Economic Indicators: Gross Domestic Product(GDP) & Purchasing Manager’s Index (PMI) Index
What is Economic Indicator?
Economic indicators are used to measure the overall health and state of the economy. Government agencies typically issue them in the form of a census or survey. Investors care about them because they indicate the amount of systematic risk in the system, which affects the prices of securities and investments.
Economic Indicators #1: Gross Domestic Product
The primary economic indicator is the gross domestic product, which measures an economy’s total dollar value.
An economy’s value consists of four parts consumption investments that are made, net exports, and government expenditures.
All combined, they give an overall view of the economy. The change in the economy is measured as GDP growth, which could be very important for investors regarding their outlook on the economy and the stock market.
GDP numbers are released once a quarter.
Let’s look at GDP in the United States in 2017, so you’re well-calibrated. It was $19.4 trillion in total value on a per person basis.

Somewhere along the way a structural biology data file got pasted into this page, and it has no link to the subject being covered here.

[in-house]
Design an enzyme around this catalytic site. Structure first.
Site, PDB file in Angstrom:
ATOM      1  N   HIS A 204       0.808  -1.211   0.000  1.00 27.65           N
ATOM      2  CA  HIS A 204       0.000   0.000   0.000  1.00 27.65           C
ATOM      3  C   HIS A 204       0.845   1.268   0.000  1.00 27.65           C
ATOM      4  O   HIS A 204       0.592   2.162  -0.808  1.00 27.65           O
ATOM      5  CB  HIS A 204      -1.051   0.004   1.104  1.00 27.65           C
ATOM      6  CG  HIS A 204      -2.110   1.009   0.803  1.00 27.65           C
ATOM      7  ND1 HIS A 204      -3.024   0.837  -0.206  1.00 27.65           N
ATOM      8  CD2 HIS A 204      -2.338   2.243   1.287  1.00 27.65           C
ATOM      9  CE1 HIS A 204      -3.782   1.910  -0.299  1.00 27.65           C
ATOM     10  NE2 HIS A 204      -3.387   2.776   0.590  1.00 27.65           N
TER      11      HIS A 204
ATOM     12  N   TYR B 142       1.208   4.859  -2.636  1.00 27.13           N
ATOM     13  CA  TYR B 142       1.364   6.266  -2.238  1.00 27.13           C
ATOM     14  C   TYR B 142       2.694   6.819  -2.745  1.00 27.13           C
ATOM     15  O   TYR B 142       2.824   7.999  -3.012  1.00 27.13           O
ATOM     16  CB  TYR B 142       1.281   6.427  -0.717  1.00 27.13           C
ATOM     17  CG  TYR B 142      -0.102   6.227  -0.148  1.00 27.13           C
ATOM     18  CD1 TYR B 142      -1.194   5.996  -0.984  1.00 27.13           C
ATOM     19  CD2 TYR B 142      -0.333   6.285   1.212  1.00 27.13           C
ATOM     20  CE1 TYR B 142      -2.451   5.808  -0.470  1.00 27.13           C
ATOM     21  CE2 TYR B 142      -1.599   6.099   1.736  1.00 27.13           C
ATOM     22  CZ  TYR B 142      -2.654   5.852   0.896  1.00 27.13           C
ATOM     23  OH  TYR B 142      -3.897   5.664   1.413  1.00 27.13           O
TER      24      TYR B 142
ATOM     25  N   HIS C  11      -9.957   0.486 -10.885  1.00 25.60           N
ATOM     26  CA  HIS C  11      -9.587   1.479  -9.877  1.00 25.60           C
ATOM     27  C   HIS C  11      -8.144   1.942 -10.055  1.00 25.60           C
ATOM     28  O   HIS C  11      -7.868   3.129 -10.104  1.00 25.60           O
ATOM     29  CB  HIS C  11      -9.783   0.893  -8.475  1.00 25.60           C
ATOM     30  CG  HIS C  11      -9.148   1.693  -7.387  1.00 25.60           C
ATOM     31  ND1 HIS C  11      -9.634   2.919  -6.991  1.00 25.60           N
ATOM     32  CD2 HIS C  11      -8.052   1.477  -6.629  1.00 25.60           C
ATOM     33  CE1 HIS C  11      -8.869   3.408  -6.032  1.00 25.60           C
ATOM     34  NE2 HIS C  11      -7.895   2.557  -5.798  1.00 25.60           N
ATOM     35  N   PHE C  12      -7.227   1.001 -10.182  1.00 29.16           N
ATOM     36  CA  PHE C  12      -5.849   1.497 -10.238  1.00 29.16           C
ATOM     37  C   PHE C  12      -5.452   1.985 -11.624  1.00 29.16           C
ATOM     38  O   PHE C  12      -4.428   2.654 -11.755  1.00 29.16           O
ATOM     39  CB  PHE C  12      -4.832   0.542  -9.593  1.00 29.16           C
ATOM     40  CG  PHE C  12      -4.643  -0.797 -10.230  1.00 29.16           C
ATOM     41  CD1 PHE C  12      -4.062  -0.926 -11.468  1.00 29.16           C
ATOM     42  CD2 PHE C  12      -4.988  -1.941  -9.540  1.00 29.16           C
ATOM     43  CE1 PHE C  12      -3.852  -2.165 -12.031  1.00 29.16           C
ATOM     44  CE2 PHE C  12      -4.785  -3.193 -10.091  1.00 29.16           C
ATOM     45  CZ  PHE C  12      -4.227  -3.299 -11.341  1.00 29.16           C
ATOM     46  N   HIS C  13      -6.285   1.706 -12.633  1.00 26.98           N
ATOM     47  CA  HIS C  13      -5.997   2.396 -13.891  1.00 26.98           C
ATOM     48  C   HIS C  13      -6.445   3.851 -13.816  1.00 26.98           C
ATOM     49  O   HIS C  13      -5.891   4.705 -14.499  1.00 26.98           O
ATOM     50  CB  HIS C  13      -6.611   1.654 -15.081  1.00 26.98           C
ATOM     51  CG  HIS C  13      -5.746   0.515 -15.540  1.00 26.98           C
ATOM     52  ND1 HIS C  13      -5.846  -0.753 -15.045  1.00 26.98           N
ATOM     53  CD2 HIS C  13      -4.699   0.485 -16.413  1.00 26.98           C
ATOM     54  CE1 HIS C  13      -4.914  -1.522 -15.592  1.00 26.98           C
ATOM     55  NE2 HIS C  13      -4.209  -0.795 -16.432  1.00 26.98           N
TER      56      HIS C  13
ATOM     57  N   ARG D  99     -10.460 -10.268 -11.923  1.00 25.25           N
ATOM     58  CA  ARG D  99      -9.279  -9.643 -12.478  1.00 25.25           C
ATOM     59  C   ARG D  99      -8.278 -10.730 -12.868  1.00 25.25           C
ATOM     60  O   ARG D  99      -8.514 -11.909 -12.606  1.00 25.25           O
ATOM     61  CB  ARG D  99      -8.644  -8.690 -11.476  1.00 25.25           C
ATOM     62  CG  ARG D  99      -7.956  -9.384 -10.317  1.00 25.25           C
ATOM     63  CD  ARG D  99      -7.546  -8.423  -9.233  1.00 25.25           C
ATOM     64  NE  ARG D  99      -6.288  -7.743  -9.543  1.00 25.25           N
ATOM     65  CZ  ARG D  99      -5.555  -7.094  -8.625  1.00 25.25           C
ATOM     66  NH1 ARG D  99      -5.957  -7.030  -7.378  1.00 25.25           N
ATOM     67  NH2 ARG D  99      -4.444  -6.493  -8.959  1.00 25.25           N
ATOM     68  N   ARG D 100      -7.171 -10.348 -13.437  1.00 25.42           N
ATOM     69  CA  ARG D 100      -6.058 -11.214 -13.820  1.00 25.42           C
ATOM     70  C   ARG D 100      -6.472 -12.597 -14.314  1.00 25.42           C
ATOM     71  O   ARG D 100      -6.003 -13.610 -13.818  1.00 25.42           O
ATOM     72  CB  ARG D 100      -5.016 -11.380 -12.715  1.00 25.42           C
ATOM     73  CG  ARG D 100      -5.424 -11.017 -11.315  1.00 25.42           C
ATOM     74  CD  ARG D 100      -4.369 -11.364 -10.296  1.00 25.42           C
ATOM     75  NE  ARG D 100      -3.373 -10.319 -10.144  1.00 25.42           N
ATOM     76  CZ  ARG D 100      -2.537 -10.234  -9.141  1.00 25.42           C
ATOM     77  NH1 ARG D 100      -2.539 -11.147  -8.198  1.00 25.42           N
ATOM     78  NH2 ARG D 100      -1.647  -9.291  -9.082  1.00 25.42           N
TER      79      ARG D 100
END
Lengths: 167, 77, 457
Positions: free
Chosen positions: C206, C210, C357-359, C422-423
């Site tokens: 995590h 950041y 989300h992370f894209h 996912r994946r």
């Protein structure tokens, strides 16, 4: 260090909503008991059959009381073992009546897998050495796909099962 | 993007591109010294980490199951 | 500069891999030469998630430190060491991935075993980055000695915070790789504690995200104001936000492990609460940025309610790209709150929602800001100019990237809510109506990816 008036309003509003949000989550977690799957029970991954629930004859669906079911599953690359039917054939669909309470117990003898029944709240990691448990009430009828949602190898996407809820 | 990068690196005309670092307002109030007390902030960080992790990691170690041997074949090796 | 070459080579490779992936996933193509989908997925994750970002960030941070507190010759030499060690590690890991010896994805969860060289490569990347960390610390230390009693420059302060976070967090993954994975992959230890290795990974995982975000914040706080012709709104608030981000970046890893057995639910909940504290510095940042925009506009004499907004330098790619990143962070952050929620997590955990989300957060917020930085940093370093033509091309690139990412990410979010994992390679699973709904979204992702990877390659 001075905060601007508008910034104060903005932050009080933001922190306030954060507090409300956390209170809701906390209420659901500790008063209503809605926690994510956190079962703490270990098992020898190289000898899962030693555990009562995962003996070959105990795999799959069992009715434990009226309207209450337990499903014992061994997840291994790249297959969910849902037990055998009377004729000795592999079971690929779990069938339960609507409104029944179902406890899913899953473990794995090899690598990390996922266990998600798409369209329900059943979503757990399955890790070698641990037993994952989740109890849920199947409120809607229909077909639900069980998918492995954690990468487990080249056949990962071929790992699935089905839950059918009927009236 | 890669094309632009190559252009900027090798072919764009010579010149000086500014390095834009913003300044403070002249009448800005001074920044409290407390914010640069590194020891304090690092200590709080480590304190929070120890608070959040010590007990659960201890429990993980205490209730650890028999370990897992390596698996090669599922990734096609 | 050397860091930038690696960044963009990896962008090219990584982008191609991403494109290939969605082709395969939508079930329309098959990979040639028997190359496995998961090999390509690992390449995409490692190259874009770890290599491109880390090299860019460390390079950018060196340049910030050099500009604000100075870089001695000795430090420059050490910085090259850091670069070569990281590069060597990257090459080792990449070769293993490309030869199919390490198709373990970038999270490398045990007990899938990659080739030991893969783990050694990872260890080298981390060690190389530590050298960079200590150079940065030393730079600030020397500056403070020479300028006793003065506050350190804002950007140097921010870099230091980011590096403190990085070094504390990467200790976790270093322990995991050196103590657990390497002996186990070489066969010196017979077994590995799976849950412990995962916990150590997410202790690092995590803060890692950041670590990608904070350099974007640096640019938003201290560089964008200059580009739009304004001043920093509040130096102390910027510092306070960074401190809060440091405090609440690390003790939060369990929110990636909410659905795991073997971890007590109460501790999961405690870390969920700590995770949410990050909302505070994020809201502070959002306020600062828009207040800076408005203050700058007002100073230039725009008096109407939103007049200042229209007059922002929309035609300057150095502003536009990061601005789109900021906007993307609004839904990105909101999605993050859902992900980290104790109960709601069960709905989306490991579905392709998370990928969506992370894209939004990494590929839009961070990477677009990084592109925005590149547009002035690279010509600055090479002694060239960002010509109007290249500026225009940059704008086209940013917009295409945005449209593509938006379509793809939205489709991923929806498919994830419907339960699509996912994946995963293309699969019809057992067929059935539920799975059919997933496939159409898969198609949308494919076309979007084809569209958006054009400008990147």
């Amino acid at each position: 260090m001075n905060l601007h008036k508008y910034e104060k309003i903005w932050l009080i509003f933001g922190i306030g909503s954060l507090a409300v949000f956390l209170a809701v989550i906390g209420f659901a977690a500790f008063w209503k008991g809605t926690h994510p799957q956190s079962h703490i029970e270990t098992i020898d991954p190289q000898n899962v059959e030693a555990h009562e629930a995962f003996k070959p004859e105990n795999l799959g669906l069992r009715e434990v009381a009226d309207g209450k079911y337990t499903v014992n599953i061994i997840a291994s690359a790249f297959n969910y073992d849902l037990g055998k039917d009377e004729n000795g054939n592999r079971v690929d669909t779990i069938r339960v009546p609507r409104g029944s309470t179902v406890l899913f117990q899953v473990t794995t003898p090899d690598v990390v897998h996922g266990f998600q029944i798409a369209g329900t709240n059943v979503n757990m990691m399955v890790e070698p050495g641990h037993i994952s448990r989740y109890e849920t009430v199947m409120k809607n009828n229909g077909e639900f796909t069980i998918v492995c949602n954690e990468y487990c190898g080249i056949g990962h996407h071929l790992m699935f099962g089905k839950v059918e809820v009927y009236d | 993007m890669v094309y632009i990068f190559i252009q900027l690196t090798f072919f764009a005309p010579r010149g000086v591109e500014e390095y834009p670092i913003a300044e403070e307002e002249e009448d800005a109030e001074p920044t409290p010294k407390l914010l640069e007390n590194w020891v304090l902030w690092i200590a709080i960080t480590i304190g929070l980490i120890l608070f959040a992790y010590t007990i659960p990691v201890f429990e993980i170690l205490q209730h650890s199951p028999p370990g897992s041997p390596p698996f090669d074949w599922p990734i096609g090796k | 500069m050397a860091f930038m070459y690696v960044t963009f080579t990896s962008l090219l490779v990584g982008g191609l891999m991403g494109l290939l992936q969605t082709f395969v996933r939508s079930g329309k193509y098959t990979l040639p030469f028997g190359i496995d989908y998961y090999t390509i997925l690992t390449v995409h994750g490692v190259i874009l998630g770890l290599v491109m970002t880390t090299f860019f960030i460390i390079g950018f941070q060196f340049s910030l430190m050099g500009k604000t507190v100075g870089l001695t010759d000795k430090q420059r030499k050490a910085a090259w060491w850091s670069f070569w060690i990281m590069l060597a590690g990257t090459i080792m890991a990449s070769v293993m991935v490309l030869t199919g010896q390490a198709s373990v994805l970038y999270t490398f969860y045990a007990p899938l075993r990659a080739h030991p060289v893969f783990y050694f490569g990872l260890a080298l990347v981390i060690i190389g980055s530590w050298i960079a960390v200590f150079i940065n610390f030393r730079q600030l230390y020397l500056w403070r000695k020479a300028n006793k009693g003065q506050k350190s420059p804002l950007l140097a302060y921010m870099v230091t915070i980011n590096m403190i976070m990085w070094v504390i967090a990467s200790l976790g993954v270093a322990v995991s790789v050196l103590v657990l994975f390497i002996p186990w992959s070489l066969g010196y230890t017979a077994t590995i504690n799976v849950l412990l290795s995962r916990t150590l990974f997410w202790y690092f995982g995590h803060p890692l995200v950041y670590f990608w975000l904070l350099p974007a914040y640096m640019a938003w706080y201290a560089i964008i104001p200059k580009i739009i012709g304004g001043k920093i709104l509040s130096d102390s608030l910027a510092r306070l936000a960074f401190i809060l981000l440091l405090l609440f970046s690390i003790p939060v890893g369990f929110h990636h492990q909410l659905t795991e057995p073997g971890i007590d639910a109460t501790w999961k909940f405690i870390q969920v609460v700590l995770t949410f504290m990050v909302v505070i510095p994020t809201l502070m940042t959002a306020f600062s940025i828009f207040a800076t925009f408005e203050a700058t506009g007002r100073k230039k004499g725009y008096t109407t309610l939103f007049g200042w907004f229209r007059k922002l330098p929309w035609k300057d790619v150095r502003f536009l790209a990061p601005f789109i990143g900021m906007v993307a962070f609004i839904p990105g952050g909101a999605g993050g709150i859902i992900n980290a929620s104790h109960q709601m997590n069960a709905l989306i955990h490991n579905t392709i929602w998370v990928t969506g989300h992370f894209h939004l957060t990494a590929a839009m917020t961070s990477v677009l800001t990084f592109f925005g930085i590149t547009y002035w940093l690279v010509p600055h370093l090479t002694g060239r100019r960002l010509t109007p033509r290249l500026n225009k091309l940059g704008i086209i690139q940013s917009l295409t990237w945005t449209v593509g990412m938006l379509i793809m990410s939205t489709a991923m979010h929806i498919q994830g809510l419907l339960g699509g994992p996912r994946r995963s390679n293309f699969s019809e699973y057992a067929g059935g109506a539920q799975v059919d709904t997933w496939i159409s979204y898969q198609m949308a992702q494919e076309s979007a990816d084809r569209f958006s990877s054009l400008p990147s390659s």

That equates to approximately $59,000 per American. The growth rate in 2017 compared to 2016 was 2.3%.
Economic Indicators #2: Purchasing Manager’s Index
What is the Purchasing Manager’s Index, PMI index?
Purchasing Managers Index (PMI Index) can be defined as a measure of the prevailing direction of manufacturing economic trends. The PMI is based on a monthly survey of supply chain managers across several industries, covering upstream and downstream activity.
It is a significant economic indicator that looks at production levels, orders, inventory, and employment.
It shows expansion or contraction for manufacturing companies, with a reading above 50 indicating expansion and below 50 indicating contraction.
The scale is from 0 to 100.
The Consumer Price Index, or CPI, is a measure of inflation for an economy. It’s calculated by taking a basket price of goods and comparing it over a time period, typically a year.
In the United States, consumer price index inflation in 2017 was 2.1% compared to 2016.
Leading and Lagging Indicators.
Leading economic indicators tell us where the economy is headed in the future.
For example, the stock market typically looks forward at least 6 to 9 months about where the economy is headed, so you will see stock prices start to fall before GDP growth rates decline.
That’s an example of a forward-looking indicator.